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    What GAO Found The Indian Health Service’s (IHS) third-party collections—that is, payments for patients’ medical care received from public programs such as Medicaid and Medicare or from private insurers—increased from about $943 million in fiscal year 2015 to about $1.15 billion in fiscal year 2019 at its federal facilities. In fiscal year 2020—which included the beginning of the COVID-19 pandemic—collections decreased by about 4 percent to $1.10 billion, but they rebounded to about $1.26 billion in fiscal year 2021. According to IHS, these collections are increasingly important, as they represent a significant portion of facilities’ health care delivery budgets. As a result, even a modest decline can affect facility operations. While IHS headquarters conducts some oversight of third-party collections—including reviewing facilities’ biannual data submissions—the agency has delegated much of the responsibility for this oversight to its area offices. Area office officials told GAO they oversee these funds by (1) taking steps to ensure facilities determine and verify whether a patient has or is eligible for insurance from a third-party payer at each patient visit, (2) regularly communicating with and providing training to facility staff, and (3) regularly reviewing facility information, including facilities’ biannual data submissions before they were sent to headquarters. IHS headquarters officials used these data submissions to identify any concerns that need to be addressed by facilities in a corrective action plan—such as a backlog in billing. GAO’s review of the two most recent submissions showed all facilities within the nine area offices submitted these data to headquarters. When procuring products and services needed for its operations, IHS may use the Buy Indian Act to give priority to Indian-owned and -controlled businesses without using a competitive contracting process. IHS’s use of the Act has increased since fiscal year 2015 but generally comprises less than 5 percent of annual non-pharmaceutical contract obligations. (See figure.) IHS officials described actions they have taken that may have contributed to this increase, including creating lists of known Indian-owned businesses to which IHS staff can refer when searching for a product or service. Indian Health Service Non-Pharmaceutical Contract Obligations, Fiscal Years 2015–2020 Why GAO Did This Study IHS provides care to American Indians and Alaska Natives (AI/AN) through a system of federally and tribally operated facilities. In addition to receiving appropriated funds, IHS relies on funding from third-party collections to procure services, supplies, and pharmaceuticals needed for its operations. Ensuring AI/ANs have access to quality health care requires IHS to effectively manage its resources such as third-party collections and procurement processes, including those procurements made under the Buy Indian Act. GAO was asked to review IHS’s oversight of third-party collections and its procurements. Among other things, this report examines recent trends in, and IHS’s processes to oversee, third-party collections and the extent to which IHS uses the Buy Indian Act when procuring services and products, such as medical supplies. GAO reviewed agency documents, including policies, and interviewed IHS officials from headquarters and the nine area offices with two or more federally operated facilities—area offices are responsible for monitoring federally operated facilities’ operations and finances. GAO also reviewed data on third-party collections at IHS federally operated facilities for fiscal years 2015 through 2021 and analyzed contracting data from the Federal Procurement Data System for fiscal years 2015 through 2020, the most recent data available at the time GAO began its review. For more information, contact Michelle B. Rosenberg at (202) 512-7114 or RosenbergM@gao.gov.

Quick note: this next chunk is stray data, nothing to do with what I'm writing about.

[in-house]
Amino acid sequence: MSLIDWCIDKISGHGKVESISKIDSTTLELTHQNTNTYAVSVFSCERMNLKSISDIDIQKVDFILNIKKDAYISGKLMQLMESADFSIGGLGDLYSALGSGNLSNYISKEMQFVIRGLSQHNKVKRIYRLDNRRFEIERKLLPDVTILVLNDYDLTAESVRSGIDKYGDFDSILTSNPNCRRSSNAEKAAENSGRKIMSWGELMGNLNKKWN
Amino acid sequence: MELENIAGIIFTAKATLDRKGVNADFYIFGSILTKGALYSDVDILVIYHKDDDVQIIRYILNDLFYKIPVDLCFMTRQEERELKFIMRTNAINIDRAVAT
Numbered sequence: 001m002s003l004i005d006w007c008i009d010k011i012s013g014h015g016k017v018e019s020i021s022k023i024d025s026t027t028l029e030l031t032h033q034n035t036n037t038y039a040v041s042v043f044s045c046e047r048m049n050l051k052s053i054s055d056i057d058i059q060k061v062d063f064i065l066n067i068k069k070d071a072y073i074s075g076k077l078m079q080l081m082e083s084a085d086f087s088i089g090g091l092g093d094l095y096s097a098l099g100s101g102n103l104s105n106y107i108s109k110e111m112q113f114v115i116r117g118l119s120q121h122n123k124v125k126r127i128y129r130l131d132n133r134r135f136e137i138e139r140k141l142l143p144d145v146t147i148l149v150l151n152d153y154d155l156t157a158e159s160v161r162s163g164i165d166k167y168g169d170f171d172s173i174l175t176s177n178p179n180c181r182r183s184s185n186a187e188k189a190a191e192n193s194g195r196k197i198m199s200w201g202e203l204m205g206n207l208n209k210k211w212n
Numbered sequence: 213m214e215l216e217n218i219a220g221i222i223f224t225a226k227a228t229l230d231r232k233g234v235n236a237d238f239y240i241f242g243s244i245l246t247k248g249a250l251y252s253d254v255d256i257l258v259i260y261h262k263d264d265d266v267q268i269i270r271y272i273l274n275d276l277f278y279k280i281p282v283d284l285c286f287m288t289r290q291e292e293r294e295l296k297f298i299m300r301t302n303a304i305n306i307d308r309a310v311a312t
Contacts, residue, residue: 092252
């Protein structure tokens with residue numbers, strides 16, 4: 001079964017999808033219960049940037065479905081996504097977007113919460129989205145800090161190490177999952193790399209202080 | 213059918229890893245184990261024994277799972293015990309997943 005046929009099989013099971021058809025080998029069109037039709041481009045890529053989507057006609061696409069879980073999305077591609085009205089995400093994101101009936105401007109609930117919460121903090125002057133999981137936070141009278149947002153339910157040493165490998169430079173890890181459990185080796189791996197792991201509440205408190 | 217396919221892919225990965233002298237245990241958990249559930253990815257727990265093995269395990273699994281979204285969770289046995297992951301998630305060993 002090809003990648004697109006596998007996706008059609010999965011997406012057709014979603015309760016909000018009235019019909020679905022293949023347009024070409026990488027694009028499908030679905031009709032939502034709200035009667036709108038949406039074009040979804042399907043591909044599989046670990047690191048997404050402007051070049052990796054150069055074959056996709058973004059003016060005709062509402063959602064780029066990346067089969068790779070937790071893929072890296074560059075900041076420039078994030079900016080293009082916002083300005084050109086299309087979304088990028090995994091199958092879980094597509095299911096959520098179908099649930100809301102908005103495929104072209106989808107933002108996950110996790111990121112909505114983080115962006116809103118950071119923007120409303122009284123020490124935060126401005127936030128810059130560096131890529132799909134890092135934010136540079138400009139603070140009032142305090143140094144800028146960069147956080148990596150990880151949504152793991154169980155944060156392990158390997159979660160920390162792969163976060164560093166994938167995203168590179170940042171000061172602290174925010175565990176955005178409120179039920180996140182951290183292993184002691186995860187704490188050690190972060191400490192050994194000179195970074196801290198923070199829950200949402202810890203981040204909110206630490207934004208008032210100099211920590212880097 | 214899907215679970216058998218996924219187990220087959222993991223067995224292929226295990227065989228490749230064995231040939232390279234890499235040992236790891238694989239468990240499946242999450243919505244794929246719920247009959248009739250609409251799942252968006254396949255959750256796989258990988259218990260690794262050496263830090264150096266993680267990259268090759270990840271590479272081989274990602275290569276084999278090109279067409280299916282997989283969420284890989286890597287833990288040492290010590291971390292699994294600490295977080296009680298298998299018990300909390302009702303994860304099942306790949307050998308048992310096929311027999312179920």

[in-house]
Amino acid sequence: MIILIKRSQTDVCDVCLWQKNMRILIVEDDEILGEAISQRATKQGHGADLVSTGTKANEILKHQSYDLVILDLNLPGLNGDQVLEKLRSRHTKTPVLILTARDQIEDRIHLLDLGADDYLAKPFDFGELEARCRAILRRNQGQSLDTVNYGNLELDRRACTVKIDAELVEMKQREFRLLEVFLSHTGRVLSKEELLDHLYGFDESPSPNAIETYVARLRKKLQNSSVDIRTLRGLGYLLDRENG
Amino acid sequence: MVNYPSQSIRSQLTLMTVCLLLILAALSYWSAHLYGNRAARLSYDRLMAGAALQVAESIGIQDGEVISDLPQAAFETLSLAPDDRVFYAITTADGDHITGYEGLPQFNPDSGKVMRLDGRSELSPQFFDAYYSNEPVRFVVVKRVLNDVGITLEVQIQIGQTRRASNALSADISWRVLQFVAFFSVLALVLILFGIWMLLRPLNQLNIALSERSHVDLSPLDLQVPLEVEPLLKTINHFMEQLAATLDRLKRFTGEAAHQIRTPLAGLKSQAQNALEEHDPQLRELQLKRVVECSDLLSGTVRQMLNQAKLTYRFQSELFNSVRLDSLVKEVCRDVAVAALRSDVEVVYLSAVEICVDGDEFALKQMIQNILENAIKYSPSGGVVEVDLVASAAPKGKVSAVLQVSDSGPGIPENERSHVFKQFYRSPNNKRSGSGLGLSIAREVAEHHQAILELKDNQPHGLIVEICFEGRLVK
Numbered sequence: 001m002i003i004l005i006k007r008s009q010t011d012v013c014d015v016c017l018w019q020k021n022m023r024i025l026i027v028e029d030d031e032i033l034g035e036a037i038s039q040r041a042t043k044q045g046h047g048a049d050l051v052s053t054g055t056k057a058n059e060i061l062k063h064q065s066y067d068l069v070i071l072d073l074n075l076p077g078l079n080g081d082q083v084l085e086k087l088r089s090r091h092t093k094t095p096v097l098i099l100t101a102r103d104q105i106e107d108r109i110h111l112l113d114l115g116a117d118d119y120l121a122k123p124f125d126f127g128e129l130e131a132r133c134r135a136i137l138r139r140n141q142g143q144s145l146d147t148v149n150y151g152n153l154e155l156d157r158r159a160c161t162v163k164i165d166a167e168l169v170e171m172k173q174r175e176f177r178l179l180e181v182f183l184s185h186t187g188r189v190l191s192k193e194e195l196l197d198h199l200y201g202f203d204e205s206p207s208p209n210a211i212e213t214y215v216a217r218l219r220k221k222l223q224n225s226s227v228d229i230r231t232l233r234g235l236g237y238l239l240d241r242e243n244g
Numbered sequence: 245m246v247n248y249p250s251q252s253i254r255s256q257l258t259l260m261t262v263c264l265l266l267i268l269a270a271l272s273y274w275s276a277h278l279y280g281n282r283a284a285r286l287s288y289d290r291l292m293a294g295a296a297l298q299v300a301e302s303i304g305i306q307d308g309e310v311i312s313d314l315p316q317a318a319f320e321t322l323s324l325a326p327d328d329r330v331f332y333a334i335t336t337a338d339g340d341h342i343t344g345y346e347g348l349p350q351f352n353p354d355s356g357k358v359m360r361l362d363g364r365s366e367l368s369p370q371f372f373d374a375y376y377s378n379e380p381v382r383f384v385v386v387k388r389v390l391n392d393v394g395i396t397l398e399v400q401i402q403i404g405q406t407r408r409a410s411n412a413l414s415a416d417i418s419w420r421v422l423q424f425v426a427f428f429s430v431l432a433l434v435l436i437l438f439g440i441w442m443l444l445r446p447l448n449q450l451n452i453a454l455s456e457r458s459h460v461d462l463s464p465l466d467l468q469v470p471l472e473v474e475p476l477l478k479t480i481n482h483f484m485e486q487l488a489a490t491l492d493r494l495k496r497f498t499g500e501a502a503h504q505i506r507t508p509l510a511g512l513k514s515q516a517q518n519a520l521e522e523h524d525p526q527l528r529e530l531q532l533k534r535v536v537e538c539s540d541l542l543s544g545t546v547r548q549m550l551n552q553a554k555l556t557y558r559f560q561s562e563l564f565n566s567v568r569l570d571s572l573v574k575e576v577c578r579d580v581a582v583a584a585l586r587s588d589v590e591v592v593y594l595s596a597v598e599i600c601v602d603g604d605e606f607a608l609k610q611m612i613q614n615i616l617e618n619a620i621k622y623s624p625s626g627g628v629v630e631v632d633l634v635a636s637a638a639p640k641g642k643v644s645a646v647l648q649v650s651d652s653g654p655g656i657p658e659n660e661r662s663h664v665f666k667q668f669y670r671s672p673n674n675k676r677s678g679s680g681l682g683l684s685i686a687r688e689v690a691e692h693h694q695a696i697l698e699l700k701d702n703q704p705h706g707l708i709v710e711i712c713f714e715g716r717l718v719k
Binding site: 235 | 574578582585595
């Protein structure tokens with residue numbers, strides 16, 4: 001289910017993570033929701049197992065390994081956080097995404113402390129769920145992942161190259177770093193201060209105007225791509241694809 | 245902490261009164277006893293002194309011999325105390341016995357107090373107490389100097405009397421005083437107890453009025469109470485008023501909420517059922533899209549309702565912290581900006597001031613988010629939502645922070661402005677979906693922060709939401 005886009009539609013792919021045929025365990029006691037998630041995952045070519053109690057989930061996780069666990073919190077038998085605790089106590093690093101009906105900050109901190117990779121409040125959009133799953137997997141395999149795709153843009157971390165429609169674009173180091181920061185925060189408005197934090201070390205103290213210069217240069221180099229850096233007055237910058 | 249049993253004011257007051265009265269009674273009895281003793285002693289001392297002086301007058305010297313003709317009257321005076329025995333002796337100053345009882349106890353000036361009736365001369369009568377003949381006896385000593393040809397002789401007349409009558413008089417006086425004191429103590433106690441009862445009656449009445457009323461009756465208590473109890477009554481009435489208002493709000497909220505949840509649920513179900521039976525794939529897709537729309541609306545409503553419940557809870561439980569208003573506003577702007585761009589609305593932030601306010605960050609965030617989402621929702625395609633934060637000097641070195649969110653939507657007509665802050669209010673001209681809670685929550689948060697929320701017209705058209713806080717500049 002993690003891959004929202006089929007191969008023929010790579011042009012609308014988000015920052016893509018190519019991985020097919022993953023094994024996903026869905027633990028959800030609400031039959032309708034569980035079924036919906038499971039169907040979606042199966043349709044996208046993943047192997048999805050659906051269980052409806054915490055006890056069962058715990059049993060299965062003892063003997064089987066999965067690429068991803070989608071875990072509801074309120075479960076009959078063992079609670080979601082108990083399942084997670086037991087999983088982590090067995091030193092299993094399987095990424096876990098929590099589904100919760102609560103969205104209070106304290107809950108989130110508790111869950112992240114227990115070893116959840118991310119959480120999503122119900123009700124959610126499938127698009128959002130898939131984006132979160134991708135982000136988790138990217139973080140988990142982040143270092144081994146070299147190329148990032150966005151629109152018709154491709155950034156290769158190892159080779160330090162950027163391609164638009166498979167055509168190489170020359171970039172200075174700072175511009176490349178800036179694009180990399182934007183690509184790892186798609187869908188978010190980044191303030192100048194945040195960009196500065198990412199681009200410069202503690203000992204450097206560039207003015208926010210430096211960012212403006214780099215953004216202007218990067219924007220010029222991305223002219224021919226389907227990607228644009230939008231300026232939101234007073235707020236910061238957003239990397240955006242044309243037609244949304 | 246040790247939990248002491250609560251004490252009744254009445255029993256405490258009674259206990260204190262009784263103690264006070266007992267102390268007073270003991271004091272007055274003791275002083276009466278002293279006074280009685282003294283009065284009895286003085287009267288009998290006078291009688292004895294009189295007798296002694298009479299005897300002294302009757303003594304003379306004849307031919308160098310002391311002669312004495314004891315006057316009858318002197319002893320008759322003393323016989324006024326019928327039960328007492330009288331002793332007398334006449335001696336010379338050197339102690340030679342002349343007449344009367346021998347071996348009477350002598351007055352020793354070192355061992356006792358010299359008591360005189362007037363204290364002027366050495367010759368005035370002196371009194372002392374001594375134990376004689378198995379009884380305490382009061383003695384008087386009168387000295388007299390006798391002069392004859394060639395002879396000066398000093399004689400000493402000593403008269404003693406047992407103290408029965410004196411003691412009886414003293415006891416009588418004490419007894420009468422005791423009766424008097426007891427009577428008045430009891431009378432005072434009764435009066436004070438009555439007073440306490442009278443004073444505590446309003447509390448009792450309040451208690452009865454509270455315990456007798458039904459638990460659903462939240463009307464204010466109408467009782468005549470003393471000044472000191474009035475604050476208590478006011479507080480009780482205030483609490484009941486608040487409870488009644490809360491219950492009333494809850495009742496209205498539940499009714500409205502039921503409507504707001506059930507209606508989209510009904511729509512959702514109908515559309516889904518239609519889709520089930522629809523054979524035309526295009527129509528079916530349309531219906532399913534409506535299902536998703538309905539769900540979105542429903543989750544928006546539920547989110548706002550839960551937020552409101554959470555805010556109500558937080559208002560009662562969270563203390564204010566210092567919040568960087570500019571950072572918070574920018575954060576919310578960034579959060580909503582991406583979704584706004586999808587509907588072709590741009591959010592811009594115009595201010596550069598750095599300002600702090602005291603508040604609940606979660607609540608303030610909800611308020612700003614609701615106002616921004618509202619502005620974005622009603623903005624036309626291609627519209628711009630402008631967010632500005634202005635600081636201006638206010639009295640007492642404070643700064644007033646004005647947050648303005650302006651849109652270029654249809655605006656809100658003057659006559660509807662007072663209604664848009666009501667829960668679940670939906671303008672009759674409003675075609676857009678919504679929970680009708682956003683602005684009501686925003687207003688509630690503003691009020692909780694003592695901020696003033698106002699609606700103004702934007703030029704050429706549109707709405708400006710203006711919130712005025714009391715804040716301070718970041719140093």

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    What GAO Found The U.S. Capitol Police (Capitol Police) used a range of methods to prepare its officers to use force and maintain crowd control prior to the January 6, 2021 attack. At the time of the attack, the department had established department-wide use of force and crowd control policies. The department sends new officers to the Federal Law Enforcement Training Centers and its own Capitol Police Academy for training. The Capitol Police provides all officers with 40 hours of entry-level Civil Disturbance Unit (CDU) training, even if they are not ultimately assigned to the unit. The department equips and trains all officers on the use of a baton, chemical spray, and a firearm, and some officers are trained on other types of force, such as less-lethal munitions (e.g., chemical and kinetic impact). About 150 Capitol Police officers reported 293 use of force incidents using various types of force against attackers on January 6. After the events, the Capitol Police determined that all use of force incidents were justified. The most prevalent force reported was empty hand control techniques (e.g., pushing) (91 incidents), followed by batons (83) (left image below), withdrawing a firearm from its holster (37), chemical spray (34) (right image below), other physical tactics (22), pointing a firearm at an individual (17), less-lethal munitions (7), a diversionary device (1), and firing a firearm (1). Images of the Attack on the U.S. Capitol on January 6, 2021 GAO surveyed officers who were deployed during the January 6 attack. Based on the nongeneralizable responses from the 315 officers who completed the survey, GAO found the following: Some officers felt less prepared. There were mixed views among respondents on whether they felt prepared to use force and apply crowd control tactics during the January 6 attack. Related to use of force, 207 felt well or somewhat prepared and 96 felt slightly or not at all prepared. Related to crowd control tactics, 134 felt well or somewhat prepared and 153 felt slightly or not at all prepared. Lack of sufficient guidance before and during the attack. Most respondents indicated that preoperational guidance (211) or guidance provided during the attack (209) was slightly clear, not at all clear, or not provided. In comparison, fewer respondents indicated that preoperational guidance (45) or guidance during the attack (29) was somewhat or very clear. Based on responses to open-ended questions, GAO identified several common themes among respondents: Perceived discouragement from using force. Many respondents (80) identified concerns related to use of force, including that they felt discouraged or hesitant to use force because of a fear of disciplinary actions (57); and that leadership needed to clarify the appropriate use of force during situations like the January 6 attack (39). More training wanted. Over half of respondents (180) expressed that more training was needed, including crowd control (128), very large or violent crowd control (84), and more realistic training (46). Concerns with the department. Many respondents (151) identified concerns or offered suggestions related to leadership, including that there had been a lack of leadership and communication on January 6, 2021 (99); and that leadership needed to be changed or improved (55). The Capitol Police has taken actions to better prepare officers following the attack but additional opportunities exist to further enhance preparedness. Use of force. The Capitol Police has taken actions to clarify use of force, such as issuing additional guidance to officers and conducting briefings in which its Office of General Counsel addressed common misconceptions related to use of force. However, in October 2021, officials stated that misconceptions related to use of force have been persistent both before and after the attack. The department’s discussions with officers following the attack are a positive step, but based on GAO survey results, such discussions may not have addressed underlying factors related to officer hesitancy to use force. Taking actions to better understand officers’ comprehension of the use of force policy will help Capitol Police ensure that management and officer expectations are aligned. Training and equipment. The Capitol Police has trained additional officers on crowd control tactics and less-lethal force and obtained additional protective and less-lethal force equipment using supplemental appropriations. However, officials stated that their current focus is on improving training for the CDU and that they do not have plans to improve training for non-CDU officers. Yet, non-CDU officers, who represent more than 80 percent of officers, may also be called upon to provide crowd control in emergencies. Further, officials stated that offering more realistic training (e.g., in-person) is challenging because it requires that officers be pulled from their posts, which may lead to paying officers for overtime. While there may be challenges in providing more in-person training, the Capitol Police must balance its need to staff officers to posts to perform their law enforcement duties with the need to train them to effectively accomplish those duties. Enhancing crowd control training for all Capitol Police officers, including non-CDU officers and more realistic training, will help ensure that all officers are better prepared in the future. Concerns with the department and morale. The department used 2021 supplemental appropriations to fund retention bonuses, hazard pay, and initiatives related to mental health. However, officials stated that the department has faced long-term morale issues. For example, analysis of the Capitol Police’s employee viewpoint surveys since 2016 identified similar themes shown by GAO’s survey, such as concerns related to morale, promotions, and leadership. Given the severity of the attack and the likely long-standing nature of the concerns, matters may not be resolved quickly. In light of GAO’s survey findings and the Capitol Police’s forthcoming employee viewpoint survey for 2021, there is an opportunity for the department to identify underlying causes for employee concerns and develop a responsive action plan. Why GAO Did This Study On January 6, 2021, thousands of demonstrators surrounded the U.S. Capitol Building to dispute the outcome of the 2020 presidential election. Demonstrators attacked and injured law enforcement officers and breached the building. The Capitol Police is responsible for protecting the Congress, including members, staff, visitors, and facilities. GAO was asked to review a range of issues related to the events surrounding the January 6 attack. This fourth report addresses (1) how the Capitol Police prepared its officers to use force and maintain crowd control during large-scale demonstrations prior to the attack; (2) reported use of force during the attack; (3) Capitol Police officer perspectives on their preparedness for the attack; and (4) changes made to better prepare officers in the future. GAO reviewed Capitol Police policies and training for use of force and crowd control. GAO analyzed the use of force reports from January 6, 2021, which describe the types of force used and supervisors’ determinations on whether the force was justified. GAO also conducted a survey of Capitol Police officers who were on duty at any point on January 6. GAO received responses from 315 officers, a 20 percent response rate. Although not generalizable to all officers on duty that day, the results provide perspectives on officer preparedness. GAO also interviewed department officials and reviewed documents on actions taken since the attack.